He waited his entire life to do this

He waited his entire life to do this


Eighty years. 

That is how long Douglas Doan Jackson waited to visit his uncle's grave at the Moro River Canadian War Cemetery in Ortona, Italy.

Jackson was born the same year that his beloved uncle, Private Charles Henry Doan, was killed in battle in Ortona – the site of some of the bloodiest battles of the Second World War.  

This past Remembrance Day, Jackson travelled all the way to Italy from Richmond Hill, Ont., to participate in the annual ceremony hosted at the cemetery by Canadian College Italy.

Jackson made the trip with his son, Mark Jackson, Doan’s great nephew, who said the journey was “extra special,” because his father “had been wanting to visit Ortona to pay respect to his uncle for his entire life.” 

Private Charles Henry Doan was born in 1911 in Kenora, Ont. He was described as a “gentle soul” who found joy in fairs and carnivals and simple pleasures like carving soap.

Eventually, he became a member of the Seaforth Highlanders of Canada. He died on December 15, 1943. 

Despite only being a baby when “Uncle Harry” was killed, Jackson always felt a strong connection. 

“My uncle … didn’t really keep in touch with the rest of the family, other than my mother,” said Jackson, who received the middle name "Doan" in his uncle’s honour.

“I have been the only one that has had any interest,” he said.

That connection drew him to the rows of white grave stones, to where he finally found Uncle Harry's resting place.

“It was very emotional,” said Jackson of the experience. “I have seen the pictures but have never been to my great uncle’s grave.”

Douglas and Mark Jackson laid a wreath in Private Doan’s honour. The younger Jackson also read a poignant address on his father’s behalf.

Their journey of remembrance started before coming to Italy when father and son visited the Vimy Ridge Cemetery in France to visit Jackson’s great uncle, Edward Megill, who fought for Canada in World War One and died in battle on March 9, 1918.  

Full text of Douglas Jackson’s remarks, as read by his son Mark Jackson:

“As I stand here today, in the gentle shadow of history, I am profoundly moved by the honor bestowed upon us to remember a hero— my Uncle Private Charles Henry Doan (Uncle Harry). In this poignant moment, I am not only the nephew of a valiant soldier but also a vessel of gratitude, bearing the collective appreciation of our family for the life and legacy of a man whose bravery echoes through the ages.

Uncle Harry, a Canadian soldier whose story is woven into the tapestry of our family, embodied courage and sacrifice. From the idyllic town of Kenora, Ontario, he ventured forth into the tumultuous waves of World War Two. His reasons for joining the military may remain a mystery, but his bravery and commitment to our country were unassailable. He was more than a soldier; he was a gentle soul who found beauty in the simplest of things. The joy he found in fairs and carnivals, the artistry in carving soap, and the fascination he held for trains—a connection to his father’s labor—that revealed his profound humanity. His life, though tragically cut short, was a testament to resilience, family, and unwavering courage.

Uncle Harry was woven together with the threads of family. He had three older sisters, Dorothy, Teddy, and my mother Irene, whom, in the cruel twist of fate, shared an unbreakable bond with him. When tragedy struck and their father (my grandfather) was claimed by the unforgiving waters in a boating accident, it was their mother who steered their ship, nurturing them through the storm. Yet, fate is often a bitter companion, and it was in the theater of war that Uncle Harry met his untimely end. His passing left a void, a chasm of sorrow that gripped my mother Irene’s heart. Their connection was more than familial; it was a profound friendship, a bond that transcended the boundaries of blood. In her grief, she made a solemn vow—a vow to immortalize his name in her own son, Douglas, adding ‘Doan’ as a testament, a living tribute, ensuring that the echoes of Charles’s bravery would reverberate through the corridors of time.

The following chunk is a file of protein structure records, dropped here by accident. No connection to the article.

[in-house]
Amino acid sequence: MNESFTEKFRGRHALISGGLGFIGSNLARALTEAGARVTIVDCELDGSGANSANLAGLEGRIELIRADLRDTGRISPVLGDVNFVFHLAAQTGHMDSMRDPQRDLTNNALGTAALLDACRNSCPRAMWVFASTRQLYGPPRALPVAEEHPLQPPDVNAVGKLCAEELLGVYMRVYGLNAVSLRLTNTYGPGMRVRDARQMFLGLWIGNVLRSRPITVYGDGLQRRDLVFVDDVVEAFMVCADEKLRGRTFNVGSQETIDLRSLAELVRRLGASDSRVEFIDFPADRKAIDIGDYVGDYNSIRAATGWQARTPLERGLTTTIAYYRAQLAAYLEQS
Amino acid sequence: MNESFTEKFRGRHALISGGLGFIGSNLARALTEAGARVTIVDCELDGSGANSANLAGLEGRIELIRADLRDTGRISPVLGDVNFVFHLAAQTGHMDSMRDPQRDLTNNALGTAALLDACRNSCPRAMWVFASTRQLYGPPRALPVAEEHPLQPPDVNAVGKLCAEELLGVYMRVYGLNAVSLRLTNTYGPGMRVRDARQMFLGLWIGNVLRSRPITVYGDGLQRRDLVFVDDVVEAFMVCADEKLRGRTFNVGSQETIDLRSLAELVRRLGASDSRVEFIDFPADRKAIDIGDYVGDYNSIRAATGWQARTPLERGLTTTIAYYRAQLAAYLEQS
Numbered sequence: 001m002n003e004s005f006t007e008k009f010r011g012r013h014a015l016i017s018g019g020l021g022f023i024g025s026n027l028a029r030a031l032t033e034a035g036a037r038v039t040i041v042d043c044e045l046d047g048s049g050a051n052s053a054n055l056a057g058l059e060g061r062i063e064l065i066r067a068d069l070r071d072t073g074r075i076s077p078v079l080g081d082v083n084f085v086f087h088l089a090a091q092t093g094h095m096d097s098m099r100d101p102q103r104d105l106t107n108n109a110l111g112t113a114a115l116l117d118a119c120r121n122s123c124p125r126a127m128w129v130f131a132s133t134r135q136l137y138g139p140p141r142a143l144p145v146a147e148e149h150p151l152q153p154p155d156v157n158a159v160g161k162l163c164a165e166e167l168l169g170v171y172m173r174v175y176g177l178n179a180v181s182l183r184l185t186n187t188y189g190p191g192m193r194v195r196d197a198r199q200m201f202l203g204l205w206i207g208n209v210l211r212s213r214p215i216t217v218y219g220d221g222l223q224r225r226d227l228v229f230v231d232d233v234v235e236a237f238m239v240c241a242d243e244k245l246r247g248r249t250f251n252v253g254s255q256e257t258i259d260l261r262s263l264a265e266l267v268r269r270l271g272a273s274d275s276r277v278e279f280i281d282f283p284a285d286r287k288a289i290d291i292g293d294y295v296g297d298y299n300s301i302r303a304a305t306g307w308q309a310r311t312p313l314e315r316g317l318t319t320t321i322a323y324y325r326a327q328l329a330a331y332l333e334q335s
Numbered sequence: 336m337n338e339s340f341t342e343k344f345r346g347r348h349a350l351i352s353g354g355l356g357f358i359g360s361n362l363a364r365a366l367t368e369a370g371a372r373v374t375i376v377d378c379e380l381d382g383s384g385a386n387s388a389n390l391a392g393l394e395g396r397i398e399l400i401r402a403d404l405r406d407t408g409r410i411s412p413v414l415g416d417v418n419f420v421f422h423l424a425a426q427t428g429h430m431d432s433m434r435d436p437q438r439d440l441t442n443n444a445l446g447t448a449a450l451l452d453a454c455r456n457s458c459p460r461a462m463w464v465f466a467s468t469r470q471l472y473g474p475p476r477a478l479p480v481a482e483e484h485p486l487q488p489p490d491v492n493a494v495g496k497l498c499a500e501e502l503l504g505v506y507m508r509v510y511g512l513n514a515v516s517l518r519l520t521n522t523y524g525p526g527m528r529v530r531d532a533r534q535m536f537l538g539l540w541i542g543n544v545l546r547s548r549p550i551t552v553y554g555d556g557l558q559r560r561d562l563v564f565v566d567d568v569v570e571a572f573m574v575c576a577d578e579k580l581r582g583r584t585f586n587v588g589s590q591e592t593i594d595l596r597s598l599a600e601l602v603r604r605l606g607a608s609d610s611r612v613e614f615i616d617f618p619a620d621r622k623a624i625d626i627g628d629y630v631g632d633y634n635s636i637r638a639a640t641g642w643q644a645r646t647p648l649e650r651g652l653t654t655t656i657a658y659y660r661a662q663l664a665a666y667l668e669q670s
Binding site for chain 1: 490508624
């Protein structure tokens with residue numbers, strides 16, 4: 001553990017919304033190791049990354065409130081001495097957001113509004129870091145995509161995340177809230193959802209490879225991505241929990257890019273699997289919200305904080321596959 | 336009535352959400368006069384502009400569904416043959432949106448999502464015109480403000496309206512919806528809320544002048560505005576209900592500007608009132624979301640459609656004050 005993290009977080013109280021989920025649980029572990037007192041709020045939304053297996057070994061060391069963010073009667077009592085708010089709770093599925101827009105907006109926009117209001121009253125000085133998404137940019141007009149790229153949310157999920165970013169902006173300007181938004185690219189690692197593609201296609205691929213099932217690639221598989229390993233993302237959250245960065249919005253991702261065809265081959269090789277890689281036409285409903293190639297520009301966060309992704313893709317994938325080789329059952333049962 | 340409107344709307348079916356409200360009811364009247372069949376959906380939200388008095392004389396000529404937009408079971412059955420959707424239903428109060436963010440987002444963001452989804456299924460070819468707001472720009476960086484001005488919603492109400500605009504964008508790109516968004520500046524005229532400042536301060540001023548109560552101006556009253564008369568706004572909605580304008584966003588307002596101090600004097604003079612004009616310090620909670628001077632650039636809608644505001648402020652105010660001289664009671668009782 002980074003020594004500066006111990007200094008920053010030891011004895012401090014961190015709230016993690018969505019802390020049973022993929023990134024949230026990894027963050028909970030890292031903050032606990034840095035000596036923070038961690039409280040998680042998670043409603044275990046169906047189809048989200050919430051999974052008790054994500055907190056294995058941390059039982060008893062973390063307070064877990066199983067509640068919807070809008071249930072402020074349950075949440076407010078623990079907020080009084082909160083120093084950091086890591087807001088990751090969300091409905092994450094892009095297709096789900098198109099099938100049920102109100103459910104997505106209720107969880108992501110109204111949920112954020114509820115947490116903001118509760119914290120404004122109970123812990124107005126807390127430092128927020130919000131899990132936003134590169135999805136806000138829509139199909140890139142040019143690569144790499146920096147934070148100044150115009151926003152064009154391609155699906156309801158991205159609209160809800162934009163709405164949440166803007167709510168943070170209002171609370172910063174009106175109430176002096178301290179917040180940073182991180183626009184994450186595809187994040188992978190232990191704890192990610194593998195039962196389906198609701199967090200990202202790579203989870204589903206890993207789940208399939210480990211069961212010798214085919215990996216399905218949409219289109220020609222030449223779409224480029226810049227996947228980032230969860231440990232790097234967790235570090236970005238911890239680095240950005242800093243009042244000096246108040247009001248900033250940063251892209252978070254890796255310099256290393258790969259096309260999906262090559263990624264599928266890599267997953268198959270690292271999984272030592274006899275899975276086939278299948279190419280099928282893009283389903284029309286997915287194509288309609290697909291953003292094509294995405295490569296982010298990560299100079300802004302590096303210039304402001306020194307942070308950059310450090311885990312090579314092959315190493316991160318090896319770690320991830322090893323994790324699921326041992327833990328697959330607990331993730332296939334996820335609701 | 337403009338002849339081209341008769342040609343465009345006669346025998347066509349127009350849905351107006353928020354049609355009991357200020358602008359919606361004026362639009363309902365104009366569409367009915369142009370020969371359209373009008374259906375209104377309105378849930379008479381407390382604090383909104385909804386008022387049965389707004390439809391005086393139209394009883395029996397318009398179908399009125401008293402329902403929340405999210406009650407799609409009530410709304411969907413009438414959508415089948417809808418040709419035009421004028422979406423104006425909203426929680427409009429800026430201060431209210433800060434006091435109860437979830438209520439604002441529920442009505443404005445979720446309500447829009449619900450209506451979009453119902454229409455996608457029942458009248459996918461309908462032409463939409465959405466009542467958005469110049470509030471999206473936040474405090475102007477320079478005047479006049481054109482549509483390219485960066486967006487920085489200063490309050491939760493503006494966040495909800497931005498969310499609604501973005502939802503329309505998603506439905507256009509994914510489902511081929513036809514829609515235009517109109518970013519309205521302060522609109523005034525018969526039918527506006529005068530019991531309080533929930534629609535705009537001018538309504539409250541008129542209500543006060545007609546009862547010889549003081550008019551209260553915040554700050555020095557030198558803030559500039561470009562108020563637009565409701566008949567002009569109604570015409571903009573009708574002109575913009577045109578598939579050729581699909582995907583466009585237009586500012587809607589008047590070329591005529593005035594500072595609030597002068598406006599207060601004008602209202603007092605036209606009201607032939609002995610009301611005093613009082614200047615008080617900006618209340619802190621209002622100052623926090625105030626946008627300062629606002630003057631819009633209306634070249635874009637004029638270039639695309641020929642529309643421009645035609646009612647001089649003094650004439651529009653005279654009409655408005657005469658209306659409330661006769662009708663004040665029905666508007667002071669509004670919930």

In this moment of remembrance, I am reminded not only of the bravery of Uncle Harry but also of the collective sacrifice made by countless others. I extend our heartfelt gratitude to all those who diligently tend to this sacred ground, the Moro River Canadian War Cemetery. Your dedication ensures that the final resting places of heroes like my Uncle remain places of solemn beauty, where their memories can be cherished for generations to come.

Furthermore, I wish to express our deepest appreciation to the Canadian College Italy, whose noble efforts in honoring the fallen remind us that the sacrifices made by brave Canadians, will never be forgotten. Your commitment to preserving the memory of those who fought for our freedoms resonates deeply with our hearts. It is through gestures like yours that the legacy of heroes continues to live on, reminding us of the immense price paid for the liberty we hold dear.

In closing, let us carry forward the legacy of Private Charles Henry Doan, and all the courageous souls who stood alongside him. Let us, with hearts brimming with gratitude, honor their memory through our actions, our kindness, and our commitment to a world where peace triumphs over conflict.

Thank you, from the depths of our hearts, for standing with us in this moment of remembrance and for keeping the flame of their bravery burning bright.”